Is public trust in British business still dangerously low?

Is public trust in British business still dangerously lowPolling and Research Company research YouGov has just released their findings following its recent survey regarding public attitude towards business.

The results do not make for happy reading.

Some six years on from the financial crisis, trust in corporate Britain remains at worryingly low levels. Asked how much they trusted various sectors and professions, the public revealed the extent to which trust between business and customers has been eroded.

Whilst 81% trust teachers and 89% trust nurses, only 49% trust managers of small firms. Entrepreneurs are trusted by just 30% of the public.

What are your own experiences and thoughts? Is trust affecting your business?
Is public trust in British business still dangerously low?

In this new economy, a positive trust rating is highly prized by both buyer and seller. Transactions are humanised and social media allows experiences – good or bad – to be shared locally and around the globe.

Addressing the lack of trust in business should be a priority for government, policy makers and, of course, for business owners themselves.

The price for not addressing this will be the emergence of a society that risks turning permanently against its wealth creators, and a society that goes down that road will very soon face a number of serious challenges.

A new economic system based upon trust, transparency and accessibility is one we at Omni strongly believe in.

We would love to hear your thoughts on the matter. If you are a business owner, how do you build trust with your clients? Is the interactive way in which we all research our purchases and decisions a good or bad thing?

Tweet us @OmnitasTax and let us know your thoughts, or join in the conversation on Facebook – we are here to help and offer impartial free of charge advice to UK businesses, however big or small they may be.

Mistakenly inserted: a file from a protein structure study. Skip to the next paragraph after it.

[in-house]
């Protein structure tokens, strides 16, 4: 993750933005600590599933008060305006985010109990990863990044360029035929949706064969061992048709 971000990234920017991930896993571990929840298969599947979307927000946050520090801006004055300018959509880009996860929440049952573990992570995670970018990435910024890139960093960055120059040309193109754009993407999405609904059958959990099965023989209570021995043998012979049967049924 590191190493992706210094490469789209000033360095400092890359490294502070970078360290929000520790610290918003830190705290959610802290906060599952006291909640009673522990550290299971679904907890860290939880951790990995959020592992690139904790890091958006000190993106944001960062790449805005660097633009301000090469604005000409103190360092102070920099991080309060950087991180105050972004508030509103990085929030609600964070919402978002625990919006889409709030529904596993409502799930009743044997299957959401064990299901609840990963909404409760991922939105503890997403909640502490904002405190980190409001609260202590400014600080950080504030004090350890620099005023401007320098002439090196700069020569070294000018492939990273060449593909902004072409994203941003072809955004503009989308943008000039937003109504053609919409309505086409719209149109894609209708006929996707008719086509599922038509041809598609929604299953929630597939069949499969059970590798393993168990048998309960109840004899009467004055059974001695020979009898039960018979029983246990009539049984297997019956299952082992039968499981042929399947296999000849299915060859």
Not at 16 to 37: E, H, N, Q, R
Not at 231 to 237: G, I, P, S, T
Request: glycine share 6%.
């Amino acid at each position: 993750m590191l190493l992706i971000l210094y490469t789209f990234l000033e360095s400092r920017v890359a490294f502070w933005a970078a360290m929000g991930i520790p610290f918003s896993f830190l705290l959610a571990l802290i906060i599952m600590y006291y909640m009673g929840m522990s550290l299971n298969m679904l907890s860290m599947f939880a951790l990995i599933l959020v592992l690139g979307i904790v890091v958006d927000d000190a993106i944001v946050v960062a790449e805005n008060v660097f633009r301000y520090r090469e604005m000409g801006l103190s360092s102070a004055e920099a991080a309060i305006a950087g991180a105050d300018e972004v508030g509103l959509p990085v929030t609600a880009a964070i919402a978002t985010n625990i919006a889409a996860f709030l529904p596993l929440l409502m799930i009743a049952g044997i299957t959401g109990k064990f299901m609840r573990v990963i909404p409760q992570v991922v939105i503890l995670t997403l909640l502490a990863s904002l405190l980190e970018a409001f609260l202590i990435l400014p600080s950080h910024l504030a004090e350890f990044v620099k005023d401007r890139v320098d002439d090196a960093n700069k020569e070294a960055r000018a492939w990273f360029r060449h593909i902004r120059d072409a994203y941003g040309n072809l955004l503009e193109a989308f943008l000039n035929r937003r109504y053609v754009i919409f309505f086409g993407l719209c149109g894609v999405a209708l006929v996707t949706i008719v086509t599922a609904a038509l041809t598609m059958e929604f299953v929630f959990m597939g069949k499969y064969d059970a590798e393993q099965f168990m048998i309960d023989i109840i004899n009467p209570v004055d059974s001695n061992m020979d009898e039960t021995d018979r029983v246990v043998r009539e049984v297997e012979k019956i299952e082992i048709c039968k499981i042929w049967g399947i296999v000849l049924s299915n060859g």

Can I switch from being a limited company to sole trader?

Limited Company to Sole Trader

 Here’s a typical question…

“I bought and took over a small business back in 2010, which was a limited company. Turnover has diminished so a lot less admin is needed. Is it possible to change a limited company to sole trader?”

 Here’s the answer!

 Can I switch from being a limited company to sole trader?

1.    Striking off a limited company from the Company Register

A limited company can cease trading at any time but as it has a separate legal entity it has to be removed from (or ‘struck off’) the Register of Companies.

Before that can happen, financial reports up to the date of cessation must be prepared and filed and any outstanding corporation tax paid. If there are any unrelieved corporation tax losses (losses accumulated not yet offset against taxable profits), these will be lost.

2.    Asset disposal and liability settlement

In addition, any remaining assets must be disposed of and liabilities must be paid. Assets can be ‘sold back’ to you. This includes items such as a website and email address.

3.    Dealing with the VAT and PAYE

If the company is VAT registered you should check if it is possible for the registration to be transferred to the Sole trader. As you purchased a business there may be some goodwill remaining which will have to be written off. Any PAYE scheme must be closed.

4.    Closing company bank account

After the final payments of tax and other liabilities, etc. the bank account must be closed. It is possible to apply to HMRC that any distributions (usually the bank account balance) can be treated as a capital gain subject to capital gains tax instead of income tax. Generally there is a tax saving on this.

However this can be complicated so you should talk to your accountant for the best advice. In any case, this can only be done when the company is closing down and not at any other time.

5.    Notify HMRC and other parties

If the business is transferred to a sole trader you will need to notify the existence of the new business to various agencies such as HMRC. Arrangements to have insurances transferred to the sole trader business will also have to be made.

The payments on account regime for Income Tax for sole traders is particularly onerous in the first year or two of trading, so you will have to put by a percentage of income (approximately 20 per cent) to make the payments when they fall due.

Seeking advice makes this whole process easier!

Of course, this whole process can seem quite a daunting one, so it makes sense to seek professional advice if you can.

Omni Chartered Accountants are experts in all areas of small business accounting and taxation advice, and can offer free of charge advice to help you make the right decision and also offer a cost-effective solution to dealing with the stages that are required to make the transition from Limited Company to Sole Trader.

Call 01902 837408 today or request a free of charge call-back from our website for an initial consultation – alternatively, click here to contact us via our dedicated client contact form.